Growing up playing the violin, being African American, and being black, so many people, if they’re brave enough, come to me and say, “I’ve never met a black person that plays the violin.” And I would say, “Me neither,” just jokingly. I just wanted to invest in an African American neighborhood because that’s something really important to me. I thought I was given a lot, and I just want to be a part of what I think is a movement of investing valuable information into African American communities. I wanted to be a part of that movement of more strategically coming alongside of minority communities or more economically disenfranchised communities.

So I moved to Boston for a fellowship, the New England Conservatory that was studying the idea of using music as a vehicle for social change, which was a resonant of this idea called “El Sistema” in Venezuela. I came to Boston and studied there, and one day in Venezuela, it just came out of my mouth, I just kind of said, “I’m gonna start a youth orchestra in Roxbury.” Everyone who heard me, the idea just resonated with them, and they were like, “Yeah.” And I was like, “Yeah.” I heard myself saying this and just resonating with me. I felt I found the neighborhood to invest the wealth they had invested in me, so this past February, we launched the Roxbury Youth Orchestra.

Who or what inspired you to take the path you took?

I was born in the United States to immigrants who had moved to this country with my brother and sister who were already born. My parents left this country in Nevis, West Indies in pursuit of the American dream. Basically, they believed that their life and the life of their born and unborn children would be better and would have greater opportunity in this country.

I, from my own pathway into this American dream, went through a violin program. In my elementary school, I was seven years old, and violin was the thing that really caught my attention. I don’t really know why I wanted to play, but I wanted to play and wasn’t doing well in school. I have bad handwriting. I wasn’t really a bad kid, but I just wasn’t doing well academically. But after being in this music program, my grades got better, I got better in Math, and my handwriting actually got better. My confidence got better. I was shy and just wanted to follow this path to see where it would lead.

Like my first job, most teenagers were working at McDonald’s. I was also interested in business, so my first job was working for an insurance company. Then my next job, at 17, was working with military contracts. Even though I was doing that and while I love that business side, music was also my passion. When I was 17 and working with military contracts, there was a guy in my job whom I met, and he said, “Oh wow, you play the violin. When I was your age, I used to be a composer.” At that moment, I remember going home that day from work, thinking, “I never wanna say ‘what if’.” I didn’t want to, later in life, wonder what my life would have been like if I became a musician, so I decided I was gonna follow that path. And so I did. I just really sought out the greatest teachers that I could possibly study with, and I practiced really hard. I practiced up to seven or eight hours a day, and I eventually moved to Bermuda.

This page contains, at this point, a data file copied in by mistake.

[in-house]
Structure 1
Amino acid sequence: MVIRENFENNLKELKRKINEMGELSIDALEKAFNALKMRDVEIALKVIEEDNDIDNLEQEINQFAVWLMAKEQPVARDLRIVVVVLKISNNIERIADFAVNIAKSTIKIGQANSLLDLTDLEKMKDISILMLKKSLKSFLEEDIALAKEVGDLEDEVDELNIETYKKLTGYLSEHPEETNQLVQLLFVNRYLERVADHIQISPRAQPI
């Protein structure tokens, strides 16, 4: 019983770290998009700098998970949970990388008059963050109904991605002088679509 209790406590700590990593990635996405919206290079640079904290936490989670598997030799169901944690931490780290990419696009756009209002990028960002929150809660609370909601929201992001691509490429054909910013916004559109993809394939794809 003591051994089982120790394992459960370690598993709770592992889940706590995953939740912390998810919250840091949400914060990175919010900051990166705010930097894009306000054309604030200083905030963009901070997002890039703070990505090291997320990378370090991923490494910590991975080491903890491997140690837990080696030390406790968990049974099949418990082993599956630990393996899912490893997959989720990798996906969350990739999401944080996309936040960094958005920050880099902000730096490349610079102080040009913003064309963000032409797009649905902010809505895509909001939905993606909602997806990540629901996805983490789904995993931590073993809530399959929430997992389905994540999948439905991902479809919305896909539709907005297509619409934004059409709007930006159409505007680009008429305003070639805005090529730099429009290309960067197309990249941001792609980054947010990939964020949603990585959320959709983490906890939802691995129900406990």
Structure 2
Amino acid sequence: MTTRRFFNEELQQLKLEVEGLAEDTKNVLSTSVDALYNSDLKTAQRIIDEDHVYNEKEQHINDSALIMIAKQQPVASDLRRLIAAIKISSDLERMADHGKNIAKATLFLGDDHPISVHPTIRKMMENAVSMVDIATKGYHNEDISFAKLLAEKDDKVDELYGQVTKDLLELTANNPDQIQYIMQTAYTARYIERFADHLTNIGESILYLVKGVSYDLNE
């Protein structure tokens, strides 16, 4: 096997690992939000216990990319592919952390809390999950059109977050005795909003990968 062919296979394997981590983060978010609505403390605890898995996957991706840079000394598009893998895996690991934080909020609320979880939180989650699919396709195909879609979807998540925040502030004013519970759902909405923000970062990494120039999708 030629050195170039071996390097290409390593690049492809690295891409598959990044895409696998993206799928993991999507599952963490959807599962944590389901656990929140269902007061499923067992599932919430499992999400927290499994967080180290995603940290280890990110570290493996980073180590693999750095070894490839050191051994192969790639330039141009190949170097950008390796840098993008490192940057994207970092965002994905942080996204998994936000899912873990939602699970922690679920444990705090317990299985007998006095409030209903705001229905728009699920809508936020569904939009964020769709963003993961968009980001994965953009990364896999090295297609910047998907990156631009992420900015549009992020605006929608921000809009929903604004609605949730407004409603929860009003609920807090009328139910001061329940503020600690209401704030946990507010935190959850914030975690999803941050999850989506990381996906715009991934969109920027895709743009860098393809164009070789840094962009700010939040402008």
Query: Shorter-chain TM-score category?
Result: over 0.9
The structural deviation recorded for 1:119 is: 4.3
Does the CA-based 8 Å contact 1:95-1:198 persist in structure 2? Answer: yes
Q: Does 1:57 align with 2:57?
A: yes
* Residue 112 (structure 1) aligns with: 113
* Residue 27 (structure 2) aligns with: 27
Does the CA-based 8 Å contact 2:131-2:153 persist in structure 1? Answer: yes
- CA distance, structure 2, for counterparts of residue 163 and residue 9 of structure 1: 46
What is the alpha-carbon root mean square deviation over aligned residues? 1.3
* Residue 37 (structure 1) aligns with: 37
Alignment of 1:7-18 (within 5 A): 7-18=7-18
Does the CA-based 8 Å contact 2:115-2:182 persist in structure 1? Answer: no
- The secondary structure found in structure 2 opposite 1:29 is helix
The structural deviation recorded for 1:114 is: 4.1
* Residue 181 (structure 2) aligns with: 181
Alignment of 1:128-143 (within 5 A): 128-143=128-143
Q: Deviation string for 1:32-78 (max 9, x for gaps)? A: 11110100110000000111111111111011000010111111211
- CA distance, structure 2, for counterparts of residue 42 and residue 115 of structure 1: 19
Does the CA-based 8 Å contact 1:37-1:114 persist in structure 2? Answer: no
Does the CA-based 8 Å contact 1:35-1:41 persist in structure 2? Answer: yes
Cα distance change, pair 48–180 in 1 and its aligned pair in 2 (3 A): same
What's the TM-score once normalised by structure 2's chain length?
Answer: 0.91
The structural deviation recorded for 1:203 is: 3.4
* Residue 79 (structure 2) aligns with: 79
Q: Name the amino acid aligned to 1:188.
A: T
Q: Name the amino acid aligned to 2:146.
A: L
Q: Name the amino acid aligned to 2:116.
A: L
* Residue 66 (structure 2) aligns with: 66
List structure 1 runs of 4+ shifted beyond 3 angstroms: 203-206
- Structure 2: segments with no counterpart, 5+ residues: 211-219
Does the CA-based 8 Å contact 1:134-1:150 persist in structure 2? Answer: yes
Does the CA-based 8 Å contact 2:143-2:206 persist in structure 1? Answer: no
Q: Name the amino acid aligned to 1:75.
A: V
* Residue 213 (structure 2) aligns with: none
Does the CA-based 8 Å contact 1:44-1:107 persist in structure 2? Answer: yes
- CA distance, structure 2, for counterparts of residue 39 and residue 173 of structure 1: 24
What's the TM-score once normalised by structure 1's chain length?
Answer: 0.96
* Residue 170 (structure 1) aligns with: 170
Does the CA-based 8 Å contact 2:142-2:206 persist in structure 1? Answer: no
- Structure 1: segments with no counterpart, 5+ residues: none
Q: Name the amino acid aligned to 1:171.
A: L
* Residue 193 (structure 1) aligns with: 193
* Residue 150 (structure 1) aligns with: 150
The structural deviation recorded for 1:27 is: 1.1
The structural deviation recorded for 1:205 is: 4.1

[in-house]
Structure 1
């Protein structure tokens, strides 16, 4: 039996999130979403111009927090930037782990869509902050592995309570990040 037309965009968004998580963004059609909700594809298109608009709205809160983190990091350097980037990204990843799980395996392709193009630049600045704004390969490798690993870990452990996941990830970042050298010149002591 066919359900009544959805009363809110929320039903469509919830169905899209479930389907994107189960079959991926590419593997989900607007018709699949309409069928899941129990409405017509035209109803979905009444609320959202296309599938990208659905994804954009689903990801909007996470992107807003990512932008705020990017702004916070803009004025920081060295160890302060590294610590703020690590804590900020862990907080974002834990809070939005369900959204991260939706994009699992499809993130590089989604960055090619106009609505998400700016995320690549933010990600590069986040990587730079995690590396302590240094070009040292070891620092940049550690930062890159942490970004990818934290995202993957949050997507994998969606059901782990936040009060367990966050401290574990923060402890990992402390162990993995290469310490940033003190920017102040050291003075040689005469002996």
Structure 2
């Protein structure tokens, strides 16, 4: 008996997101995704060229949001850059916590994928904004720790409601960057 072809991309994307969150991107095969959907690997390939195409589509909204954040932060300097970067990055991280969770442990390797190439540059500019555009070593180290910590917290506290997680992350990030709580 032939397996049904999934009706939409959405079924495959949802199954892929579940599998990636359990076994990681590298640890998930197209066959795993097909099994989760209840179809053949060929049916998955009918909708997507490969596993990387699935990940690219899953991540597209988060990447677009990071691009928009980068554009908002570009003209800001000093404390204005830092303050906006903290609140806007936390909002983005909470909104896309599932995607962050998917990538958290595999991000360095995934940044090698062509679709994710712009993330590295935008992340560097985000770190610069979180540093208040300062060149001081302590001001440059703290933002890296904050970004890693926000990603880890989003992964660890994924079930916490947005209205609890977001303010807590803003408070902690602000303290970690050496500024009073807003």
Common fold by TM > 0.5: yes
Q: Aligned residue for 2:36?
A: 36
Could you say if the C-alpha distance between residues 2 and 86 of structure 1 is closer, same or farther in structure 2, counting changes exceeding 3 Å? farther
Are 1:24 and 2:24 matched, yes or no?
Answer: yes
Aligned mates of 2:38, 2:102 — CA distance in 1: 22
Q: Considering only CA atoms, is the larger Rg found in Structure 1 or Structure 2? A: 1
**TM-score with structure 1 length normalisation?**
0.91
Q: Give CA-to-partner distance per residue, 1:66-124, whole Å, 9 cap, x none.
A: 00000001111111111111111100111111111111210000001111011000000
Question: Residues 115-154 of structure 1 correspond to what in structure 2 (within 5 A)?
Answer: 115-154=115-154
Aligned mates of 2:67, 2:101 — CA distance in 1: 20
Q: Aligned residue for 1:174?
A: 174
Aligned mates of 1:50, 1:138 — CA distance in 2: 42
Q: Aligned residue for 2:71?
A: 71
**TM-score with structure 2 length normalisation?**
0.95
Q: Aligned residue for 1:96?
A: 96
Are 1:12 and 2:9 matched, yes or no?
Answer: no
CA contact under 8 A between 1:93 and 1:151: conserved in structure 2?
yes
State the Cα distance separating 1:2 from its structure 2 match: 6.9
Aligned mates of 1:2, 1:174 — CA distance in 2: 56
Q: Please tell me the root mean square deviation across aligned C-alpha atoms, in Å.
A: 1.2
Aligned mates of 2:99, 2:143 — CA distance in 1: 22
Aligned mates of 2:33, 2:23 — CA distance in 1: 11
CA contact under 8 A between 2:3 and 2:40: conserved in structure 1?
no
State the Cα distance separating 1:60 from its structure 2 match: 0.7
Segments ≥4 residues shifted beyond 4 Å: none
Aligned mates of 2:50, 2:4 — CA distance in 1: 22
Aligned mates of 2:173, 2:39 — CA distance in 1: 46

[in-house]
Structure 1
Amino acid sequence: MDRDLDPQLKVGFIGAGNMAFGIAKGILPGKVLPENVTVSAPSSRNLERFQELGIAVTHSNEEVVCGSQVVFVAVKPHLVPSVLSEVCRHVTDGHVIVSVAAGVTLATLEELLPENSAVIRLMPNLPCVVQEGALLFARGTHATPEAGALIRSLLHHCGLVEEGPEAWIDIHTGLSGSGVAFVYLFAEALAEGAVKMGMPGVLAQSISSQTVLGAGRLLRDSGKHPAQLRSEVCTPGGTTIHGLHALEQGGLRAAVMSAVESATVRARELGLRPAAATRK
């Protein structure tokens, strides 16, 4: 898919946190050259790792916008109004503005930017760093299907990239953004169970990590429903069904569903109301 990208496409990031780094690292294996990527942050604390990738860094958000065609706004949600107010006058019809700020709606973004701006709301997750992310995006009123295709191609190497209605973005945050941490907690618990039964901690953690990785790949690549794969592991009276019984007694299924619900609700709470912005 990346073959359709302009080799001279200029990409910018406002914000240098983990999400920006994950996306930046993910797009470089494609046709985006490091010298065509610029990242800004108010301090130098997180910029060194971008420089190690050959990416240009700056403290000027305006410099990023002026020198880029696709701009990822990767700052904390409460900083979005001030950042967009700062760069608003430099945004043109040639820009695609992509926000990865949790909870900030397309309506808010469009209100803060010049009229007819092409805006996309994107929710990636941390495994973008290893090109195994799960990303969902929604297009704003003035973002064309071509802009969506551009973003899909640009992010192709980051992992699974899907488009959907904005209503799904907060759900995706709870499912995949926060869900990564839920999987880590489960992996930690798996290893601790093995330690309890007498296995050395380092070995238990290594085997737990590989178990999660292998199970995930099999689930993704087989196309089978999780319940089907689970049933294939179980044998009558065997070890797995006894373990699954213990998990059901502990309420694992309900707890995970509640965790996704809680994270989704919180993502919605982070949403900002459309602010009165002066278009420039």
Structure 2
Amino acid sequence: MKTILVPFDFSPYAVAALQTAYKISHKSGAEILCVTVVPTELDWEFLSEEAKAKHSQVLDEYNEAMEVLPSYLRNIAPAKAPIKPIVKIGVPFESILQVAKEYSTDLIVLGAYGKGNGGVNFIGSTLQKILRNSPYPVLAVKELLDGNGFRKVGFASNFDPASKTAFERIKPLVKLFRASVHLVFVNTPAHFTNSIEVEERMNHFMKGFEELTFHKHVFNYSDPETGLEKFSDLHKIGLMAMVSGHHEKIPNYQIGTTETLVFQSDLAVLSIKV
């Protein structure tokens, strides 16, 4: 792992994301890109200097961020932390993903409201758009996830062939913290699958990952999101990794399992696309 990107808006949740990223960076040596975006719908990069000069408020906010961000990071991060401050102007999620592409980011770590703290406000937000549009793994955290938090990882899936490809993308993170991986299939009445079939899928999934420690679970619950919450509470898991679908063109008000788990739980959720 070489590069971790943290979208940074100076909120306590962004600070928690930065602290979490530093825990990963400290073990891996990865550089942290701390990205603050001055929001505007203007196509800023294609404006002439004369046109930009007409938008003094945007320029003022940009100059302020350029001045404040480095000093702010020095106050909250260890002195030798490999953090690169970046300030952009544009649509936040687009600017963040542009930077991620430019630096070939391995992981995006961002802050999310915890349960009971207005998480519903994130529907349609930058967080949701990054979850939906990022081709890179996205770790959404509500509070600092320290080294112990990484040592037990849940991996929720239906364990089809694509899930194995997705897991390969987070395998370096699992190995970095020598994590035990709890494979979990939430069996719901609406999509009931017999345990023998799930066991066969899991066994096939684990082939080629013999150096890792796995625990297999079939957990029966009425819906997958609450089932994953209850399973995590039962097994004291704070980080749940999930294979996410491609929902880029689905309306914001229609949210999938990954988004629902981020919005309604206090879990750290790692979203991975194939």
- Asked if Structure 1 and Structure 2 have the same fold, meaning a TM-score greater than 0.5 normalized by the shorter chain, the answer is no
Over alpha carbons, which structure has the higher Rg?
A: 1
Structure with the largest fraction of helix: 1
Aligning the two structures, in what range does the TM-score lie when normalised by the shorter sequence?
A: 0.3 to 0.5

While I was in Bermuda, the website YouTube had their first ever international contest. Every YouTube contest before was very localized, but this one was open to anyone in the world with a camera, and YouTube said, “We want to assemble the first ever orchestra audition on the internet, so audition online, and you will be picked by some judges and the YouTube community.” I already had videos on YouTube then, but I thought, “This is for me. All I have to do is practice for two months more than everybody in the world. I can do that.” So I did, and I won. I got to be one of the five concert masters and leaders of the YouTube symphony at Carnegie Hall. I didn’t tell my parents I was leaving the orchestra because I thought I was gonna be fired during the rehearsals, so I didn’t tell them. But my parents have 37 aunts and uncles, and a number of them are in Connecticut, so my parents filled up the van with the many aunts and uncles that they could fill. They drove to Carnegie Hall, and when they are in the concert, I didn’t tell them that I was the first chair for one of the pieces. So after one of the pieces, the lights went down, and when lights came up and I was in the first chair, I really felt at that moment the realization of my parent’s American dream: that they could move to this country from the smallest country in the United Nations and their son, through a free violin program, could lead it to international orchestra at Carnegie Hall.